Corporate Credit Swaps in U.S. Little Changed After Index Shift

A measure of corporate credit risk was little changed as the new version of the index began its second day of trading amid reports that Italy and Spain won’t voluntarily seek bailouts unless bond yields surge.

The Markit CDX North America Investment Grade Index, a credit-default swaps benchmark that investors use to hedge against losses on company debt or to speculate on creditworthiness, decreased 0.4 basis point to a mid-price of 95.9 basis points at 12:14 p.m. in New York. Swaps tied to Darden Restaurants (DRI) Inc., the world’s largest casual-dining chain operator, fell to the lowest since July 11.

The swaps index, which typically falls as investor confidence improves and rises as it deteriorates, was little changed as an Italian government official said no nation will voluntarily accept conditions imposed for aid. Italian and Spanish 10-year bond yields have dropped more than 1 percentage point since Aug. 2 when European Central Bank President Mario Draghi first indicated the bank would purchase debt of distressed euro-region nations.

“We’re going through a period of relatively low volatility after the big push higher in risk assets and tighter in spreads,” Jon Duensing, the Boulder, Colorado-based head of corporate credit at money manager Smith Breeden Associates, said in a telephone interview. There needs to be a catalyst to justify a move in valuations, so “market participants are keeping one eye on Europe, particularly Spain and Italy, to see what they may do with bailout assistance.”

Index Roll

The measure rose 10.7 basis points yesterday as banks, hedge funds and other money managers shifted trades into a new version of the index. The composition of companies in the benchmark is updated every six months, changing the value of the underlying securities.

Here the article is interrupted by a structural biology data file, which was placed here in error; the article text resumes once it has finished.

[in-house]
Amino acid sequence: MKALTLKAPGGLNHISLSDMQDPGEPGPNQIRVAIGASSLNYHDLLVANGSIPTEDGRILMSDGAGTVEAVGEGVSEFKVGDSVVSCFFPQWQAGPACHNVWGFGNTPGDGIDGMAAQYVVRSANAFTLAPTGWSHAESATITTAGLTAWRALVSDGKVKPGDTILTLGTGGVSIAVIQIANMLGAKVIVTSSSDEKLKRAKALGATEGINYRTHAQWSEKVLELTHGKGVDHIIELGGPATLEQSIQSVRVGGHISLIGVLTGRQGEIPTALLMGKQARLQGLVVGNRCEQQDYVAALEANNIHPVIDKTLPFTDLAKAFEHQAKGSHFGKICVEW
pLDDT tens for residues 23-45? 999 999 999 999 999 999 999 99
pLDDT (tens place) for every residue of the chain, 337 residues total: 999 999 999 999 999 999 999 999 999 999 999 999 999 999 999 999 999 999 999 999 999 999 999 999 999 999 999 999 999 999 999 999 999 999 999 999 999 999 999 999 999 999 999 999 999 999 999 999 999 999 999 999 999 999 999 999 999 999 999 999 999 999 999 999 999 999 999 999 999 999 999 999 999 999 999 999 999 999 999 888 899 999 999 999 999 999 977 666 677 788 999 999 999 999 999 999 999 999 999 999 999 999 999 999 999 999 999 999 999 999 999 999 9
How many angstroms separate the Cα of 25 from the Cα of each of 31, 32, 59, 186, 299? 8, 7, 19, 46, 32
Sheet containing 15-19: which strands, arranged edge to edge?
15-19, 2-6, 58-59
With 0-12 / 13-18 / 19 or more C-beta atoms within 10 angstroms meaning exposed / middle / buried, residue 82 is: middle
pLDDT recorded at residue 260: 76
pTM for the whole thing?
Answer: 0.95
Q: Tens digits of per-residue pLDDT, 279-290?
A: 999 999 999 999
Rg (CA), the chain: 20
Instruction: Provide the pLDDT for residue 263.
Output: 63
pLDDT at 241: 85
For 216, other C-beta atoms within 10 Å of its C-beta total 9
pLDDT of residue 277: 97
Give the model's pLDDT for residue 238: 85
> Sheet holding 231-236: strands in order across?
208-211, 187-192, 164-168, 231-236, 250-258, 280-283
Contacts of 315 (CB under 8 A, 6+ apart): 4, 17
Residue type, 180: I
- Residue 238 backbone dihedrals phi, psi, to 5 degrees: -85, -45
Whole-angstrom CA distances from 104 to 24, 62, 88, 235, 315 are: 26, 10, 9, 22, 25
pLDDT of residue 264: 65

Credit swaps pay the buyer face value if a borrower fails to meet its obligations, less the value of the defaulted debt. A basis point equals $1,000 annually on a contract protecting $10 million of debt.

Contracts tied to Darden Restaurants declined 18.5 basis points to 145 basis points as of 11:30 a.m. in New York, according to data provider CMA, which is owned by McGraw-Hill Cos. and compiles prices quoted by dealers in the privately negotiated market. The Orlando, Florida-based restaurant chain operator beat analysts’ estimates of its fiscal first-quarter earnings, helped by better-than-expected same-store sales at Olive Garden, the company’s largest brand.

The U.S. two-year interest-rate swap spread, a measure of stress in credit markets, fell by the most in a week, decreasing 0.38 basis point to 13 basis points. The measure falls when investors favor assets such as corporate bonds and rises when they seek the perceived safety of government securities.

To contact the reporter on this story: Peter Rawlings in New York at prawlings@bloomberg.net

To contact the editor responsible for this story: Alan Goldstein at agoldstein5@bloomberg.net

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